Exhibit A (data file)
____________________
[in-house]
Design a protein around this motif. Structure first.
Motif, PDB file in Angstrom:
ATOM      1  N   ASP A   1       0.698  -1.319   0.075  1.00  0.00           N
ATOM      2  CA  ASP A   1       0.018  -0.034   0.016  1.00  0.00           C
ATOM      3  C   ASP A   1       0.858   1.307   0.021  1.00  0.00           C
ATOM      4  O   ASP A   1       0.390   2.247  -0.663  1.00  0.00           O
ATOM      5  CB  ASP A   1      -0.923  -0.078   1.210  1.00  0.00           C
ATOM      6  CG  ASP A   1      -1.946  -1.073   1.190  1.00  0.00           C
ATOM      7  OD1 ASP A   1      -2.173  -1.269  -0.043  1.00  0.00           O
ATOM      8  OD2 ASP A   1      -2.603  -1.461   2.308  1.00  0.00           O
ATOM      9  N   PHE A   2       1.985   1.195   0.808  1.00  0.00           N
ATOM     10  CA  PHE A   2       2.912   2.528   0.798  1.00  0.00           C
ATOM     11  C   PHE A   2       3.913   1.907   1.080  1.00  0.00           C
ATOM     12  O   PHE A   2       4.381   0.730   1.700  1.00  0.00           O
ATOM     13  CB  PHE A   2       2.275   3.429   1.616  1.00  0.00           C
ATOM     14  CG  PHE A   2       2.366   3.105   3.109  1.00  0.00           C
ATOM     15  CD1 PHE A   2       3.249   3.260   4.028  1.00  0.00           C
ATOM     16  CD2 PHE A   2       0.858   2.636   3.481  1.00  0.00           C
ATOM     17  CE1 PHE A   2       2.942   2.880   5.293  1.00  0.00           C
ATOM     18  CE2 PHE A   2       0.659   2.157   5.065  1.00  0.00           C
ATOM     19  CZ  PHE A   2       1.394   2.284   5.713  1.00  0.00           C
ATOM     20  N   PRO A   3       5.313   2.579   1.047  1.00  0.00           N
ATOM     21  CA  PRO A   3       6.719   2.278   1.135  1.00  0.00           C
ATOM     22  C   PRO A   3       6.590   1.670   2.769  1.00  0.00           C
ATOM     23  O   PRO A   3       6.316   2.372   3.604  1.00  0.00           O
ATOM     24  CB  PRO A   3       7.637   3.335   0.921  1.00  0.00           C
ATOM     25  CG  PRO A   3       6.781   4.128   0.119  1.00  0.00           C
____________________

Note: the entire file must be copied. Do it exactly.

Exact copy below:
[in-house]
Design a protein around this motif. Structure first.
Motif, PDB file in Angstrom:
ATOM      1  N   ASP A   1       0.698  -1.319   0.075  1.00  0.00           N
ATOM      2  CA  ASP A   1       0.018  -0.034   0.016  1.00  0.00           C
ATOM      3  C   ASP A   1       0.858   1.307   0.021  1.00  0.00           C
ATOM      4  O   ASP A   1       0.390   2.247  -0.663  1.00  0.00           O
ATOM      5  CB  ASP A   1      -0.923  -0.078   1.210  1.00  0.00           C
ATOM      6  CG  ASP A   1      -1.946  -1.073   1.190  1.00  0.00           C
ATOM      7  OD1 ASP A   1      -2.173  -1.269  -0.043  1.00  0.00           O
ATOM      8  OD2 ASP A   1      -2.603  -1.461   2.308  1.00  0.00           O
ATOM      9  N   PHE A   2       1.985   1.195   0.808  1.00  0.00           N
ATOM     10  CA  PHE A   2       2.912   2.528   0.798  1.00  0.00           C
ATOM     11  C   PHE A   2       3.913   1.907   1.080  1.00  0.00           C
ATOM     12  O   PHE A   2       4.381   0.730   1.700  1.00  0.00           O
ATOM     13  CB  PHE A   2       2.275   3.429   1.616  1.00  0.00           C
ATOM     14  CG  PHE A   2       2.366   3.105   3.109  1.00  0.00           C
ATOM     15  CD1 PHE A   2       3.249   3.260   4.028  1.00  0.00           C
ATOM     16  CD2 PHE A   2       0.858   2.636   3.481  1.00  0.00           C
ATOM     17  CE1 PHE A   2       2.942   2.880   5.293  1.00  0.00           C
ATOM     18  CE2 PHE A   2       0.659   2.157   5.065  1.00  0.00           C
ATOM     19  CZ  PHE A   2       1.394   2.284   5.713  1.00  0.00           C
ATOM     20  N   PRO A   3       5.313   2.579   1.047  1.00  0.00           N
ATOM     21  CA  PRO A   3       6.719   2.278   1.135  1.00  0.00           C
ATOM     22  C   PRO A   3       6.590   1.670   2.769  1.00  0.00           C
ATOM     23  O   PRO A   3       6.316   2.372   3.604  1.00  0.00           O
ATOM     24  CB  PRO A   3       7.637   3.335   0.921  1.00  0.00           C
ATOM     25  CG  PRO A   3       6.781   4.128   0.119  1.00  0.00           C